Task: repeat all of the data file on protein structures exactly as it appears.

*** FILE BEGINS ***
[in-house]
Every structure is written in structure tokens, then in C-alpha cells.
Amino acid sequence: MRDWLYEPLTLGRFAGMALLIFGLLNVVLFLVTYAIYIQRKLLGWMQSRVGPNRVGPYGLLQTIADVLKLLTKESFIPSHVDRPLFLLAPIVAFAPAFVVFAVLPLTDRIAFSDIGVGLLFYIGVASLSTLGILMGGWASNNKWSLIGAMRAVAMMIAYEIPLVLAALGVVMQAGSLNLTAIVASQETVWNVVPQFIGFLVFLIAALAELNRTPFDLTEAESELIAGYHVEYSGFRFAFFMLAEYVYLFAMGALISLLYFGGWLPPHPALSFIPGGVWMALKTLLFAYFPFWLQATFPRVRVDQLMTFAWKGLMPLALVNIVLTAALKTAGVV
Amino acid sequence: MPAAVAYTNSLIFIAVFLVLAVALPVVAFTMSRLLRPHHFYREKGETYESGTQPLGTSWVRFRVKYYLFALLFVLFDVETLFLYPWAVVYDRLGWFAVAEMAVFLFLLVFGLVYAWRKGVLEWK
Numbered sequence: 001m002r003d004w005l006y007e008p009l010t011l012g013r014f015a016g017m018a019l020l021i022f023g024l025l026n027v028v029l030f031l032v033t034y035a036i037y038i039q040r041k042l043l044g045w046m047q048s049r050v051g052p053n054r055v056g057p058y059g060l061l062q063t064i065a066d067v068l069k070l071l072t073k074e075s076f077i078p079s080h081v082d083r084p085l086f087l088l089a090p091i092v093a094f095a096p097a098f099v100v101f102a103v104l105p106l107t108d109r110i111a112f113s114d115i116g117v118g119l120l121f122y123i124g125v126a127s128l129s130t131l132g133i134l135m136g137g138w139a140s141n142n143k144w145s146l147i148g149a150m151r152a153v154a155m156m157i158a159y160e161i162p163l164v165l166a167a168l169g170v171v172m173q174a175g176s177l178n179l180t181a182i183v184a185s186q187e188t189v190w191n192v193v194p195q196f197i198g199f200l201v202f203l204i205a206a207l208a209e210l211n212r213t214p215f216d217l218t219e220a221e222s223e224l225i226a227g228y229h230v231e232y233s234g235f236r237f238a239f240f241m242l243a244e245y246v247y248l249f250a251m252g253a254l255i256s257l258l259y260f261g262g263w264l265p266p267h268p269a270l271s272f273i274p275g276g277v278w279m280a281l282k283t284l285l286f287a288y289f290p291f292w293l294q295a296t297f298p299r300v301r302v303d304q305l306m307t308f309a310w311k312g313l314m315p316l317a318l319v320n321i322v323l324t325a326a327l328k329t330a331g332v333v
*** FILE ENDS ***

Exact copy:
[in-house]
Every structure is written in structure tokens, then in C-alpha cells.
Amino acid sequence: MRDWLYEPLTLGRFAGMALLIFGLLNVVLFLVTYAIYIQRKLLGWMQSRVGPNRVGPYGLLQTIADVLKLLTKESFIPSHVDRPLFLLAPIVAFAPAFVVFAVLPLTDRIAFSDIGVGLLFYIGVASLSTLGILMGGWASNNKWSLIGAMRAVAMMIAYEIPLVLAALGVVMQAGSLNLTAIVASQETVWNVVPQFIGFLVFLIAALAELNRTPFDLTEAESELIAGYHVEYSGFRFAFFMLAEYVYLFAMGALISLLYFGGWLPPHPALSFIPGGVWMALKTLLFAYFPFWLQATFPRVRVDQLMTFAWKGLMPLALVNIVLTAALKTAGVV
Amino acid sequence: MPAAVAYTNSLIFIAVFLVLAVALPVVAFTMSRLLRPHHFYREKGETYESGTQPLGTSWVRFRVKYYLFALLFVLFDVETLFLYPWAVVYDRLGWFAVAEMAVFLFLLVFGLVYAWRKGVLEWK
Numbered sequence: 001m002r003d004w005l006y007e008p009l010t011l012g013r014f015a016g017m018a019l020l021i022f023g024l025l026n027v028v029l030f031l032v033t034y035a036i037y038i039q040r041k042l043l044g045w046m047q048s049r050v051g052p053n054r055v056g057p058y059g060l061l062q063t064i065a066d067v068l069k070l071l072t073k074e075s076f077i078p079s080h081v082d083r084p085l086f087l088l089a090p091i092v093a094f095a096p097a098f099v100v101f102a103v104l105p106l107t108d109r110i111a112f113s114d115i116g117v118g119l120l121f122y123i124g125v126a127s128l129s130t131l132g133i134l135m136g137g138w139a140s141n142n143k144w145s146l147i148g149a150m151r152a153v154a155m156m157i158a159y160e161i162p163l164v165l166a167a168l169g170v171v172m173q174a175g176s177l178n179l180t181a182i183v184a185s186q187e188t189v190w191n192v193v194p195q196f197i198g199f200l201v202f203l204i205a206a207l208a209e210l211n212r213t214p215f216d217l218t219e220a221e222s223e224l225i226a227g228y229h230v231e232y233s234g235f236r237f238a239f240f241m242l243a244e245y246v247y248l249f250a251m252g253a254l255i256s257l258l259y260f261g262g263w264l265p266p267h268p269a270l271s272f273i274p275g276g277v278w279m280a281l282k283t284l285l286f287a288y289f290p291f292w293l294q295a296t297f298p299r300v301r302v303d304q305l306m307t308f309a310w311k312g313l314m315p316l317a318l319v320n321i322v323l324t325a326a327l328k329t330a331g332v333v